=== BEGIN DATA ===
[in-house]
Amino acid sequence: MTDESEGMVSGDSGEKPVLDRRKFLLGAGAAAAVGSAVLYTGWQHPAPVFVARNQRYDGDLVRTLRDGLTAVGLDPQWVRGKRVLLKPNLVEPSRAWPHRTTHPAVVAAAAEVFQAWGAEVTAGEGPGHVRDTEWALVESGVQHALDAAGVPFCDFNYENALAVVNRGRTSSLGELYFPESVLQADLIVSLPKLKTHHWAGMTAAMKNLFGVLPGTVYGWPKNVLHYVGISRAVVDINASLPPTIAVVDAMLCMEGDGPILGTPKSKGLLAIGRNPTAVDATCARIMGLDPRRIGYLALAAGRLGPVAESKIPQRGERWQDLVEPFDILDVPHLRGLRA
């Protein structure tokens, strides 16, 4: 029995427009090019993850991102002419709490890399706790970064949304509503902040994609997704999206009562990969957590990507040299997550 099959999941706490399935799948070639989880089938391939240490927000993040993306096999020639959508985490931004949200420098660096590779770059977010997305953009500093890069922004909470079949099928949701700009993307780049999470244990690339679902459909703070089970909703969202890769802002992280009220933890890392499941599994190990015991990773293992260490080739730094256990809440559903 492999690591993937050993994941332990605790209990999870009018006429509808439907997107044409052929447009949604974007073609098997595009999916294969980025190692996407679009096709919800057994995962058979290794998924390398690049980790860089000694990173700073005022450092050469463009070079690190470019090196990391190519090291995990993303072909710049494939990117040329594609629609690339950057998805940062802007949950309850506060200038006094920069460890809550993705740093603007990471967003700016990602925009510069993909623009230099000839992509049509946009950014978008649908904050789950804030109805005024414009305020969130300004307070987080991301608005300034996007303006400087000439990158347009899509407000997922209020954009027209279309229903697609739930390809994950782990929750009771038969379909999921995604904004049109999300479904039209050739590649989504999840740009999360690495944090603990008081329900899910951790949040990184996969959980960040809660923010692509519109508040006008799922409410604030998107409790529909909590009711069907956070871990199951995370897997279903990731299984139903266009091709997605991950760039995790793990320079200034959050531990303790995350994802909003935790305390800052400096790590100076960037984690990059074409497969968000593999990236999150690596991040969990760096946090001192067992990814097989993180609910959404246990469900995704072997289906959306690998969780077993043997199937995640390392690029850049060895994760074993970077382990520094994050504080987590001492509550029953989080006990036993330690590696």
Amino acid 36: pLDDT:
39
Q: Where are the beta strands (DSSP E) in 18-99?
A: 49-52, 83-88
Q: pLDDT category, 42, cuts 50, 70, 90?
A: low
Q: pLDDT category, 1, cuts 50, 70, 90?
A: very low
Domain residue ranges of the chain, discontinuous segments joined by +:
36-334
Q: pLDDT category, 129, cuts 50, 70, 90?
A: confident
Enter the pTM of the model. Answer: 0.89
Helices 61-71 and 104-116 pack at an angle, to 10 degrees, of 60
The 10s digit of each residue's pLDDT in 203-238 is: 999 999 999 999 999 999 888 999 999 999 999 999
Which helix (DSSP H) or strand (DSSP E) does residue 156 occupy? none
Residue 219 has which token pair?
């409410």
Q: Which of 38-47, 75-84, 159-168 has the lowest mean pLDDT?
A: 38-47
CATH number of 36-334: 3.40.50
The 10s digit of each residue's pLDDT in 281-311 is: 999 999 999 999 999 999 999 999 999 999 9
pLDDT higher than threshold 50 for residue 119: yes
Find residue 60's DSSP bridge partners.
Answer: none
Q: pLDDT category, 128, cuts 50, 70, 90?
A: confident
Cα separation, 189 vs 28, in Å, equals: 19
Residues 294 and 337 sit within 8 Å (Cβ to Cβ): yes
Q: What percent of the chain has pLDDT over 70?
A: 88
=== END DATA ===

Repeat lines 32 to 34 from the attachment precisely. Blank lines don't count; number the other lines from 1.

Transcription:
Residues 294 and 337 sit within 8 Å (Cβ to Cβ): yes
Q: What percent of the chain has pLDDT over 70?
A: 88